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Terrorist group Boko Haram is now virtually eliminated, says Nigeria’s Army Chief

The Nigerian military has been successful in diminishing Boko Haram's capabilities and virtually eliminating them from the face of the land

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FILE PHOTO - Nigerian soldiers hold up a Boko Haram flag that they had seized in the recently retaken town of Damasak, Nigeria. Source: VOA

Africa, Sept 18, 2016: The Nigerian military has made tremendous progress against the Boko Haram terrorist group, the country’s chief of army staff told VOA Daybreak Africa.

Visiting our Washington studio, Lieutenant General Tukur Buratai praised the collaboration with troops from neighbouring Cameroon, Chad and Niger.

“It is interesting to note that the ability of the Boko Haram terrorist group to move freely as they were doing before, the ability to hold ground, the ability to take on territories or ransack large communities and towns has been virtually eliminated,” he said.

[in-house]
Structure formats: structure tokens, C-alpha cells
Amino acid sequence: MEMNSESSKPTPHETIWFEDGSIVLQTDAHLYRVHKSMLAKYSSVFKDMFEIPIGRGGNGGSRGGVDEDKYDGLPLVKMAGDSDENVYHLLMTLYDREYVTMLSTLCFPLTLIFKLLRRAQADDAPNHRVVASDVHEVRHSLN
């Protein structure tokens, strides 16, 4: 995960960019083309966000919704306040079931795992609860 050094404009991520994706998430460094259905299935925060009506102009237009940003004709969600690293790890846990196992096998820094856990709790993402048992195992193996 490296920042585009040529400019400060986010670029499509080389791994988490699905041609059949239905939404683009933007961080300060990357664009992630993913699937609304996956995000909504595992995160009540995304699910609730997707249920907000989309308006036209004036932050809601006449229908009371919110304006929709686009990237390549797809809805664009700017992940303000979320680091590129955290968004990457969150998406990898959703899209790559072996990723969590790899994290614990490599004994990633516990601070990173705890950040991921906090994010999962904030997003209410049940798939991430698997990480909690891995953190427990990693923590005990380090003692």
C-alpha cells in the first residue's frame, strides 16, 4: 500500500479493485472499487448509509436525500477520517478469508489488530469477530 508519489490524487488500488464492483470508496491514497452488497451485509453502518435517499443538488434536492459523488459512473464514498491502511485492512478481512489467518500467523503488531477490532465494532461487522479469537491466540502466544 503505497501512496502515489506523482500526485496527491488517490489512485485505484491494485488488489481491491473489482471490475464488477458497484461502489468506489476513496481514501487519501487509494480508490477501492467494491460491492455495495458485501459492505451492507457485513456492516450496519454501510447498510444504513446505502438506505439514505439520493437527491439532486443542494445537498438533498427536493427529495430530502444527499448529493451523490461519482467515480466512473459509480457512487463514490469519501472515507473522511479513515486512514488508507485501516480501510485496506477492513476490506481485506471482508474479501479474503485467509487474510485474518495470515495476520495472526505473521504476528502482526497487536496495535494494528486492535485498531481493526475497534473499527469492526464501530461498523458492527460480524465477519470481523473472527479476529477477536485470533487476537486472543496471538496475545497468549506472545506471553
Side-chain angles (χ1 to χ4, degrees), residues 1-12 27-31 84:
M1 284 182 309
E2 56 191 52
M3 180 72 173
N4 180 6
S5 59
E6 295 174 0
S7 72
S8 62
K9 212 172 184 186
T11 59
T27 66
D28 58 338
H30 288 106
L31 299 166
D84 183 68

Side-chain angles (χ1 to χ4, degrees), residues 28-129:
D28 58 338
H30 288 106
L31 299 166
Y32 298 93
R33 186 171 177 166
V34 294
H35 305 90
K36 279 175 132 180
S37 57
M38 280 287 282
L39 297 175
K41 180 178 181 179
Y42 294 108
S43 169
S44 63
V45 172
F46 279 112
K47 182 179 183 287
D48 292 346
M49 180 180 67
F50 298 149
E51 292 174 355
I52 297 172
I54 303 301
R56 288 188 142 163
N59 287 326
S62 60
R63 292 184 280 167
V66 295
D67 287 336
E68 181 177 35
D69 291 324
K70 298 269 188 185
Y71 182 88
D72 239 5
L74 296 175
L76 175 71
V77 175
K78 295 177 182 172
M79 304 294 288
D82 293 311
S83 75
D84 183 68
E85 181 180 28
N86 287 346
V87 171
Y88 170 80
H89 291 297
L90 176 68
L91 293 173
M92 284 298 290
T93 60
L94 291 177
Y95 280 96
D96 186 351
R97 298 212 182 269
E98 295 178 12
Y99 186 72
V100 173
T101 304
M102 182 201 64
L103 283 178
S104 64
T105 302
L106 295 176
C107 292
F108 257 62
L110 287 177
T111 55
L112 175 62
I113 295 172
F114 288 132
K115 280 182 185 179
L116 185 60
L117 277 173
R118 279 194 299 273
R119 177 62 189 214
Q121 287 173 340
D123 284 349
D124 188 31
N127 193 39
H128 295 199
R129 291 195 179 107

Boko Haram released a video this week that shows hundreds of supporters, suggesting the group is still potent.

Buratai dismissed the video as propaganda.

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“Virtually they want to show that they are still around. To the best of our knowledge and all well-meaning Nigerians who know the happenings in the northeast, they know that those are just empty, boastful positions of the Boko Haram terrorists. They have nothing to show and indeed they are just trying to show their prowess in terms of propaganda,” Buratai said.

Boko Haram, which pledged allegiance to Islamic State last year, has been embroiled in an apparent leadership struggle. The military claimed to have wounded the sect’s longtime leader, Abubakar Shekau during an air raid in August.

Buratai said the army continues to receive leads on the whereabouts of people kidnapped by Boko Haram in the northeast, including the more than 200 Chibok schoolgirls still missing more than two years after their abduction.